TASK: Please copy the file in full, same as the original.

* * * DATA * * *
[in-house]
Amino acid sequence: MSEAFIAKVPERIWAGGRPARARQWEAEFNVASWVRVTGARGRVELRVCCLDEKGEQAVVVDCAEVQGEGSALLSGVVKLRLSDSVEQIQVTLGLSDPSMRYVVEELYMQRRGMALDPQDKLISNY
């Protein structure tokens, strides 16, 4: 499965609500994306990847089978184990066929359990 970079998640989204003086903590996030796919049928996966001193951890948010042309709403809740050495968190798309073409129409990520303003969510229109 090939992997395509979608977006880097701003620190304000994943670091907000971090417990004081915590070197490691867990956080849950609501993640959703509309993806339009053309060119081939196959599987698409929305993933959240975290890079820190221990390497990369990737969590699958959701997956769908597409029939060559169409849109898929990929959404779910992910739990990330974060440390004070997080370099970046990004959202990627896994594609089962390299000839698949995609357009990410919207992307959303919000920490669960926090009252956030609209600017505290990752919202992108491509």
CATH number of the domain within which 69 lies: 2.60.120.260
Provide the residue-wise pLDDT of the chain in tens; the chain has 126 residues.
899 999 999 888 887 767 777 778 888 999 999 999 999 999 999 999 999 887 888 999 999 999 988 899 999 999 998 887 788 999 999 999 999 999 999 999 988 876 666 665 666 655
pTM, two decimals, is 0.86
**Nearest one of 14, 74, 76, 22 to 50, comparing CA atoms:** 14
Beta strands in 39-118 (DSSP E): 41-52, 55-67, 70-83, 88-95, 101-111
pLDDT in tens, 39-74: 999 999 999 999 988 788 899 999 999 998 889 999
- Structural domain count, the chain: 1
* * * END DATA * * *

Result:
[in-house]
Amino acid sequence: MSEAFIAKVPERIWAGGRPARARQWEAEFNVASWVRVTGARGRVELRVCCLDEKGEQAVVVDCAEVQGEGSALLSGVVKLRLSDSVEQIQVTLGLSDPSMRYVVEELYMQRRGMALDPQDKLISNY
């Protein structure tokens, strides 16, 4: 499965609500994306990847089978184990066929359990 970079998640989204003086903590996030796919049928996966001193951890948010042309709403809740050495968190798309073409129409990520303003969510229109 090939992997395509979608977006880097701003620190304000994943670091907000971090417990004081915590070197490691867990956080849950609501993640959703509309993806339009053309060119081939196959599987698409929305993933959240975290890079820190221990390497990369990737969590699958959701997956769908597409029939060559169409849109898929990929959404779910992910739990990330974060440390004070997080370099970046990004959202990627896994594609089962390299000839698949995609357009990410919207992307959303919000920490669960926090009252956030609209600017505290990752919202992108491509």
CATH number of the domain within which 69 lies: 2.60.120.260
Provide the residue-wise pLDDT of the chain in tens; the chain has 126 residues.
899 999 999 888 887 767 777 778 888 999 999 999 999 999 999 999 999 887 888 999 999 999 988 899 999 999 998 887 788 999 999 999 999 999 999 999 988 876 666 665 666 655
pTM, two decimals, is 0.86
**Nearest one of 14, 74, 76, 22 to 50, comparing CA atoms:** 14
Beta strands in 39-118 (DSSP E): 41-52, 55-67, 70-83, 88-95, 101-111
pLDDT in tens, 39-74: 999 999 999 999 988 788 899 999 999 998 889 999
- Structural domain count, the chain: 1